Court of appeals orders Georgia censorship case transferred to Georgia Supreme Court by SJD

From 2013

Digital Medial Law Project (DMLP)
Chan v. Ellis (Last updated November 5, 2013)

Alex Jones’ InfoWars (March 27, 2013)
Court Ruling Threatens Internet First Amendment Freedom. by Kurt Nimmo

Alex Jones’ Prison Planet (March 27, 2013)Court Ruling Threatens Internet First Amendment Freedom. by Kurt Nimmo

Daily Dot (March 27, 2013)
Court hits anti-copyright-troll website with censorship order by Kevin Collier

Ars Technica (March 27, 2013)
“I made some stupid posts”: Anti-troll site gagged after threats against poet by Timothy B. Lee

Techdirt (March 27, 2013)
Georgia State Court Issues Censorship Order Blocking Free Speech On Anti-Copyright Troll Message Board by Mike Masnick

Electronic Frontier Foundation (EFF) Deeplinks (March 26, 2013)
Georgia Court Censorship Order Threatens Message Boards Everywhere. by Kurt Opsahl

Fight Copyright Trolls (March 23, 2013)
Copyright troll Linda Ellis succeeds in censoring her outspoken critic, the founder of by SJD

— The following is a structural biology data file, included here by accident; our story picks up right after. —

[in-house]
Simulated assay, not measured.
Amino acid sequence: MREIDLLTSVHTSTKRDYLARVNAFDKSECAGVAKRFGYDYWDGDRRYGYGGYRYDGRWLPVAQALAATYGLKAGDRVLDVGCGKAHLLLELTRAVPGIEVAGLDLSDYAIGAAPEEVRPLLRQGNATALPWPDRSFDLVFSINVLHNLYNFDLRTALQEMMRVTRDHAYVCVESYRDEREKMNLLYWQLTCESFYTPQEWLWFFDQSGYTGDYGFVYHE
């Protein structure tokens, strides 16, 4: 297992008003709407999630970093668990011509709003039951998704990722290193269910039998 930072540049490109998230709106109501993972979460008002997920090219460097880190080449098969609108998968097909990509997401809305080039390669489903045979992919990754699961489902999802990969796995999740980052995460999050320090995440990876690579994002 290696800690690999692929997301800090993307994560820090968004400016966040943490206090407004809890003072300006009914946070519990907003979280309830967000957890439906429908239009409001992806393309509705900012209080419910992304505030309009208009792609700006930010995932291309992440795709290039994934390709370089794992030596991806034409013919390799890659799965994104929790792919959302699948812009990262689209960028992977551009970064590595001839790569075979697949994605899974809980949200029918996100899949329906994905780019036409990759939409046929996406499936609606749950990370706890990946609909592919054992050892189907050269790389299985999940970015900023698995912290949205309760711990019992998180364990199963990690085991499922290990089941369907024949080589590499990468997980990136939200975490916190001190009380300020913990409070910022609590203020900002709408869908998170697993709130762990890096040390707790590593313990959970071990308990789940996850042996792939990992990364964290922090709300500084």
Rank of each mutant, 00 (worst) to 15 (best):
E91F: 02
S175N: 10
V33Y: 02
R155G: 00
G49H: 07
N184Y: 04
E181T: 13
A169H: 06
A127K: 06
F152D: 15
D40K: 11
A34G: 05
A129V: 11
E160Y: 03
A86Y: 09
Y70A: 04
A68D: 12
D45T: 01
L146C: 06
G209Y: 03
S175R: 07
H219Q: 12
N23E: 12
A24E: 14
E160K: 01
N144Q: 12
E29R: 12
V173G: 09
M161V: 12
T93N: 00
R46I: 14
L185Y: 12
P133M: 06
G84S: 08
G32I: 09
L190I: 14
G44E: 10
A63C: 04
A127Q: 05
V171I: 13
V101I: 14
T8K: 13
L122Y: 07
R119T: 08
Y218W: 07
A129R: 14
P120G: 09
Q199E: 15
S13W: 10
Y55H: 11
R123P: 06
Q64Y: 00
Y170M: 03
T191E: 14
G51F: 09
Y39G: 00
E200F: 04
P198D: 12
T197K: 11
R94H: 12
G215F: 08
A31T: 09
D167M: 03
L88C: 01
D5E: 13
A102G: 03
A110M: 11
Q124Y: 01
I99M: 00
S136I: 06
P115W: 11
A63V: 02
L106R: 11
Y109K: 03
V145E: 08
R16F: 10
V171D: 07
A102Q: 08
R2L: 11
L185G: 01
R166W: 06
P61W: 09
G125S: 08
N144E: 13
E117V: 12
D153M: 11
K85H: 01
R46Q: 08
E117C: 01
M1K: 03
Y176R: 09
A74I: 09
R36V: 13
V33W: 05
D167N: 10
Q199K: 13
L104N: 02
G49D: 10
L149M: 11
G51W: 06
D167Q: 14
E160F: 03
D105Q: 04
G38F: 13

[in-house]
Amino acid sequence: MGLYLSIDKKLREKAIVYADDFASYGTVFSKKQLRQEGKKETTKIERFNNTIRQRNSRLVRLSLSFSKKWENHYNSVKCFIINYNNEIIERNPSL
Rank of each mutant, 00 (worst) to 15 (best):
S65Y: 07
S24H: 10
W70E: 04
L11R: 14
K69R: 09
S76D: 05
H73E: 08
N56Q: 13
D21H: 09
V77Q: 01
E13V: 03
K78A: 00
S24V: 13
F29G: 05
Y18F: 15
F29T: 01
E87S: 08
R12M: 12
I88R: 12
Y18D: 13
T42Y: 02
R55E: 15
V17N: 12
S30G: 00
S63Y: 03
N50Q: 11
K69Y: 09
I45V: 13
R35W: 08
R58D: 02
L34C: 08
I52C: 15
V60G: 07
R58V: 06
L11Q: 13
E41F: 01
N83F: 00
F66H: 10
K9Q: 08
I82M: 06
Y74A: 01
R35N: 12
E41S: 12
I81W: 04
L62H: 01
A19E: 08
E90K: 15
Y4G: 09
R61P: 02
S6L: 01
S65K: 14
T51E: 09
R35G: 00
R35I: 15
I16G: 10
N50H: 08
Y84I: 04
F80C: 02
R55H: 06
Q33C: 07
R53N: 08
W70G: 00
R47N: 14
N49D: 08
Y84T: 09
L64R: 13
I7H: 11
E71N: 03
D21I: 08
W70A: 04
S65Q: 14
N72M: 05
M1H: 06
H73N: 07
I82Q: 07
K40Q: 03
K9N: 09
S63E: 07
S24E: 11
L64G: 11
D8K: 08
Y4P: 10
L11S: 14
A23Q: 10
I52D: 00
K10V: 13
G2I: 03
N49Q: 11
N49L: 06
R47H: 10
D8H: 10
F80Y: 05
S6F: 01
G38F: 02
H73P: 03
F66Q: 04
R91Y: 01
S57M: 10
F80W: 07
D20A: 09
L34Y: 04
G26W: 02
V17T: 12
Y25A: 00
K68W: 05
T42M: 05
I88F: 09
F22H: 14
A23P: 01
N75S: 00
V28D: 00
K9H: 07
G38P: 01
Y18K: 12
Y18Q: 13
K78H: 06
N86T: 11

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About Matthew Chan 66 Articles
Matthew is the Publisher and Editor of He is also the Founder, Editor, and Host for Matthew is the author of several business books & audio programs. He is an entrepreneur, real estate investor, and First Amendment advocate.

1 Comment

  1. Abuse of Copyright Law by Copyright Trolls & Bullies

    There are two types of people in this world.

    1. Those who want to make money by protecting their work legally via copyrights

    2. Those who want to share everything freely, openly and without any type of restrictions

    I, myself belong to the latter type who loves to get educated (and educate others) via free research in libraries or web. If there’s any copyright which I’d want to display on anything I produce or work, it will go something like this;


    My reasoning is simple; For every free input, there should be a free output. However, not everyone will agree as they will come up with a gazillion reasons and logics to make money off of someone’s FREE and public domain information. These money-hogs actually use (or abuse) the copyright law to extort money out of an innocent and a totally naïve researcher via threats to sue in the court of law for the lack of licensing, a modern term of paying to use their information or media. This reminds me of a James Bond movie slogan “License to Kill”. Sometimes, too much law prohibits free spirit of innovation, research or movement of information across different mediums.

    To avoid such copyright trolls, you can always include the following information at the appropriate section of a web-page or a book;